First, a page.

‘A Promising Upturn’: LTC Execs Eye Investments as Sector Fundamentals Improve, But Oppose Nursing Home Staffing Rule 

Amid a better climate for federal and state reimbursements, higher profit margins and rising occupancy rates, LTC Properties (NYSE: LTC) executives said Tuesday that the nursing home industry is on target for robust growth.

And while the California-based real estate investment trust (REIT) spent 2023 on portfolio adjustments, the key focus for 2024 will be about long-term expansion, executives said during the company’s first quarter conference call.

“The seniors housing and care industry is on a promising upturn after setbacks related to COVID. Thanks to favorable demographic trends, improving margins, and rising occupancy rates, all signs point to a more robust market,” said CEO and Chairman Wendy Simpson. “We are evaluating multiple investment opportunities and are confident we have both the bandwidth and resources necessary to strategically allocate capital to enhance our portfolio.”


In 2023, LTC completed more than $260 million in investments, and after selling $77 million of assets and renewing leases for others, LTC is concentrating on future efforts for sustainable growth, Simpson said.

For the first quarter ended March 31, 2024, LTC beat Wall Street’s consensus estimates by 3 cents in reporting a net income of $24.065 million, or $0.56 per diluted share, which is a decrease from the $32.929 million, or $0.80 per diluted share in the same period a year ago.

Total revenues for the first quarter came in at $51.366 million, exceeding analysts estimates of $50.95 million, pointing to promising revenue generation.


Midday, LTC shares traded at $33.12, up 63 cents, or 1.94%.

LTC’s investment portfolio includes 202 properties in 26 states with 31 operating partners. The portfolio comprises approximately 50% seniors housing and 50% skilled nursing properties.

Staffing mandate and reimbursement landscape

The federal and state reimbursement rates favor a positive outlook for LTC, Simpson said.

“We also are encouraged by the reimbursement landscape, particularly with the anticipated 4.1% increase under the SNF payment rule for fiscal 2025,” she said.

In late March, the Centers for Medicare & Medicaid Services (CMS) issued its proposed payment rule, estimating that the aggregate impact of the payment policies would result in a net increase of 4.1% in Medicare Part A payments to SNFs in fiscal year 2025.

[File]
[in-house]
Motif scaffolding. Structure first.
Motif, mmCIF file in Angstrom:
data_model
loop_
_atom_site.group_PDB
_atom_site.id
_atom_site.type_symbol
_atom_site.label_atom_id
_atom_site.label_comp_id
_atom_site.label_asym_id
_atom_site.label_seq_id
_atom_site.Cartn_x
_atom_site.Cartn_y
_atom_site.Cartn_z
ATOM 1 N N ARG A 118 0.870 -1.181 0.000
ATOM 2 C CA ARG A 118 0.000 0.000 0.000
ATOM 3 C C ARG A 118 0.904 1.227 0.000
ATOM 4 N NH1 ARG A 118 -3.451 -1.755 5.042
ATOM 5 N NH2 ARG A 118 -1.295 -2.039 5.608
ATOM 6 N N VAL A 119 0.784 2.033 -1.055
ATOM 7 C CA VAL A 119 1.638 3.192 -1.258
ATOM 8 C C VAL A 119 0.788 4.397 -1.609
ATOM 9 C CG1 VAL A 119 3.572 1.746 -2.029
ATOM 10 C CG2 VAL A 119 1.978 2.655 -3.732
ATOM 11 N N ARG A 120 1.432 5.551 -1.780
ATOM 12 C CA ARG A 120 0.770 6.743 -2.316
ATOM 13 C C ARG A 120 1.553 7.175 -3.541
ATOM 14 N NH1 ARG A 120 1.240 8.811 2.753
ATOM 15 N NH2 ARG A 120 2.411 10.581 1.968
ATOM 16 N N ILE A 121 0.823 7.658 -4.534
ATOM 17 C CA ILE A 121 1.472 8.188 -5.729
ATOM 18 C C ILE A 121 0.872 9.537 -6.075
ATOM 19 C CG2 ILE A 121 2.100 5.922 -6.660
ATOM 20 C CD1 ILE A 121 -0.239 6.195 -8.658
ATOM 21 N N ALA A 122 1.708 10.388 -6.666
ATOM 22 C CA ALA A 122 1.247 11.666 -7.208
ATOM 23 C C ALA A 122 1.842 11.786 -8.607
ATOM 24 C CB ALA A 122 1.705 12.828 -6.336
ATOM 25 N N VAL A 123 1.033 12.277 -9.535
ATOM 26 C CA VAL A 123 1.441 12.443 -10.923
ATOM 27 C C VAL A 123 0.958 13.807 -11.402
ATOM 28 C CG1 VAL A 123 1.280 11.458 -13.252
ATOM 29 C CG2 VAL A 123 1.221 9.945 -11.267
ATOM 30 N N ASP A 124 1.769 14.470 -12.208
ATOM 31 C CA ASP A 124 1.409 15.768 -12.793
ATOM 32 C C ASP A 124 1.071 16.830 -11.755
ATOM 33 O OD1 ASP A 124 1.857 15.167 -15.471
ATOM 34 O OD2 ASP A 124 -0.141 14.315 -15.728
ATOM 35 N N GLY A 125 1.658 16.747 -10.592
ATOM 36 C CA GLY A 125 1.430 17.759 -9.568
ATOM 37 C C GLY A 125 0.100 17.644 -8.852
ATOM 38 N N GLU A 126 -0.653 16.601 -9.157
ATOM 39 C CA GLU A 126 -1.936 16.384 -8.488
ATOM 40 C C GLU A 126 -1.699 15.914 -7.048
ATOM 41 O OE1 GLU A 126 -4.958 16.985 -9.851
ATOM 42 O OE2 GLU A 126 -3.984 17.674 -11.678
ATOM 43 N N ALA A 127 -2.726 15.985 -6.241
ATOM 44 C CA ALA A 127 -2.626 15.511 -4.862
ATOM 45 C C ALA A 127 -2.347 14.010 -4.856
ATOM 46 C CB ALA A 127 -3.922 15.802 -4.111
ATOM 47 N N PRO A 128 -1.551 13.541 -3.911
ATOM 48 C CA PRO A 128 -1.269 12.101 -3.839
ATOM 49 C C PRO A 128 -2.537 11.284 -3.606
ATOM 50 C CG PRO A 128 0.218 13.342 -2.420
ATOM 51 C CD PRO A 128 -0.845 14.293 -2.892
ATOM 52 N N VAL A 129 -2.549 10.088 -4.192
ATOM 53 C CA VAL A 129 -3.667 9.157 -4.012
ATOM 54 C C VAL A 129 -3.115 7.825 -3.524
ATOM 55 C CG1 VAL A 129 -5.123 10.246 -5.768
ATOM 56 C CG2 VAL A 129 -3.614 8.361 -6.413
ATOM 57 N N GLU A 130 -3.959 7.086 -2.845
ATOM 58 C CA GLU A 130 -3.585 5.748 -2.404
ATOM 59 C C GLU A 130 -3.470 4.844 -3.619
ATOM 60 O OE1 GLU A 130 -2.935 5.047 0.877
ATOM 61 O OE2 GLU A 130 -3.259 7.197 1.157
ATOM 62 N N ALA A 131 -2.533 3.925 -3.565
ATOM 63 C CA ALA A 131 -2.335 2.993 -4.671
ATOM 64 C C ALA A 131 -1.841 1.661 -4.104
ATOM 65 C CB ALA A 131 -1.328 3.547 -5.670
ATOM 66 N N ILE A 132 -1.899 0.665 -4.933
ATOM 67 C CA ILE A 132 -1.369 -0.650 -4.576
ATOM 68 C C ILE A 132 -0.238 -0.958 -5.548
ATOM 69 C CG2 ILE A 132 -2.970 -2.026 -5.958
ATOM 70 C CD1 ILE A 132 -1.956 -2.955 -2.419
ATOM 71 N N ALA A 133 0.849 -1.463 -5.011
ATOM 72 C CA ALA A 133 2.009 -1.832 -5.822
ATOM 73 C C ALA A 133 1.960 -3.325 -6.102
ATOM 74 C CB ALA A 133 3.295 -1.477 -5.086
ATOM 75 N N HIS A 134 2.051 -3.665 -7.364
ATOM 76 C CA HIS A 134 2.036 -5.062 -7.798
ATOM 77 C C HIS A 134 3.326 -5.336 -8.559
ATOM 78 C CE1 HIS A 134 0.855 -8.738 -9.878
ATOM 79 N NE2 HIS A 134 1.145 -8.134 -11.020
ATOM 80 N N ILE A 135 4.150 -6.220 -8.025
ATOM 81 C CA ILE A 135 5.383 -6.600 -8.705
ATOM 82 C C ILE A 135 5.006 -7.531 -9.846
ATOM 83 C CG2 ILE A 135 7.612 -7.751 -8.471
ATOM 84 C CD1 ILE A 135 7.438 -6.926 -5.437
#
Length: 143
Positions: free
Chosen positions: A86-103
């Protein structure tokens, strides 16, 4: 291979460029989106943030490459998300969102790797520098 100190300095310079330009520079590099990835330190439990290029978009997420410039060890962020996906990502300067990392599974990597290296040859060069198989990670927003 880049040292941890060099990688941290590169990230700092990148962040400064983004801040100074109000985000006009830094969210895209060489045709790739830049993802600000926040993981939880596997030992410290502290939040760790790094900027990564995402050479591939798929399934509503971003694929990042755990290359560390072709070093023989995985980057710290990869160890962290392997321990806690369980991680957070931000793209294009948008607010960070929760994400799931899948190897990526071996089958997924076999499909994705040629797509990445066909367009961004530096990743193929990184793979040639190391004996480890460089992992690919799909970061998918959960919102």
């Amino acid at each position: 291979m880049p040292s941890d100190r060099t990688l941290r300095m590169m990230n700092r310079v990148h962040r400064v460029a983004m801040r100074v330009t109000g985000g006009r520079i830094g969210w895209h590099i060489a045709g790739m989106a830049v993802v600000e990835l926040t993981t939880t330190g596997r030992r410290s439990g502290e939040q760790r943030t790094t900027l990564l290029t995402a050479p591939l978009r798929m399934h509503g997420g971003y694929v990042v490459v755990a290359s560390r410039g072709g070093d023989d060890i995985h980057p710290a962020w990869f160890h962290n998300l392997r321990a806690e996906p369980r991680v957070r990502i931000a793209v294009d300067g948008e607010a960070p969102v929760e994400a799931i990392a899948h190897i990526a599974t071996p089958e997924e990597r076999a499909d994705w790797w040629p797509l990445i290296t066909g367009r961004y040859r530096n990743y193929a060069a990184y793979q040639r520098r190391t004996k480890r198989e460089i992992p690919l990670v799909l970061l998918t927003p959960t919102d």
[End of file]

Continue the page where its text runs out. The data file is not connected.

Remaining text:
Meanwhile, reimbursement in several states is also expected to rise, she said. In Florida, for example, where LTC owns seven centers, LTC operators will benefit from an unprecedented 8% Medicaid rate increase.

However, despite these positive trends for LTC and the sector at large, staffing poses problems, complicated by the staffing mandate, Simpson said.

Without sharing the staffing situation unique to LTC, Simpson nevertheless cited her dismay over the rule.

“Our industry pushed back on the proposed rule during the comment period, with more than 46,000 letters, mainly related to the concerns that the mandate is unfunded, and that the level of staff required simply does not exist,” Simpson said, noting the American Health Care Association’s (AHCA) estimates that 81% of skilled nursing centers do not currently meet the rules staffing requirements. “We will continue to monitor the situation and support industry organizations and initiatives to oppose this rule.”

CMS issued its finalized SNF minimum staffing rule last week.

Rental revenue strength

Pam Kessler, co-president and chief financial officer, said more rental revenue was collected over all.

Compared to the first quarter of 2023, total rental revenue for the first quarter of 2024 increased by $1.8 million due the receipt of $2.4 million of rent in connection with the sale of a property in Wisconsin in the 1Q of 2024, an acquisition in Ohio in Q2 of 2023, more rent collected from HMG Healthcare, as well as an annual rent escalation and other lease adjustments.

“The increases were partially offset by lower rent related to property sales and operator transitions,” however, Kessler added.

During the first quarter, LTC sold a total of six properties in Florida and Texas, with 268 combined units while also selling its interest in a joint venture in Wisconsin. The combined sale price was $26.3 million, with the REIT recording gains of approximately $3 million, Kessler said.

Other adjustments related to LTC’s operating partners included disposing off some properties that were not generating profits.

“We have resolved the remaining 10 non-revenue generating properties discussed on last quarter’s call. Three of these properties were released and the remainder were sold,” said Clint Malin, LTC’s co-president and chief investment officer.

Malin also offered updates on other partnerships, including its deal with Ignite Medical Resorts.

“We expect to generate approximately $884,000 in revenue in 2024,” from that transaction, he said.

Earlier this month, LTC Properties extended a $12.7 million senior loan to Ignite Medical Resorts, which is a current LTC operator, for the purchase of a skilled nursing and assisted living campus in Katy, Texas. Ignite currently operates 22 luxury properties in Illinois, Indiana, Kansas, Missouri, Oklahoma, Texas and Wisconsin, with seven of these being part of LTC’s portfolio since Dec. 31.

As for properties related to HMG Healthcare, Malin said that an agreement had been reached to amend the master lease covering 11 skilled nursing centers in Texas to extend the term through December 2028.

Annual rent will increase by $1 million to $9 million for 2024 for these HMG properties. Rent will increase to $9.5 million in 2025, to $10.0 million in 2026 and then escalate 3.3% annually thereafter through 2028, Malin said.

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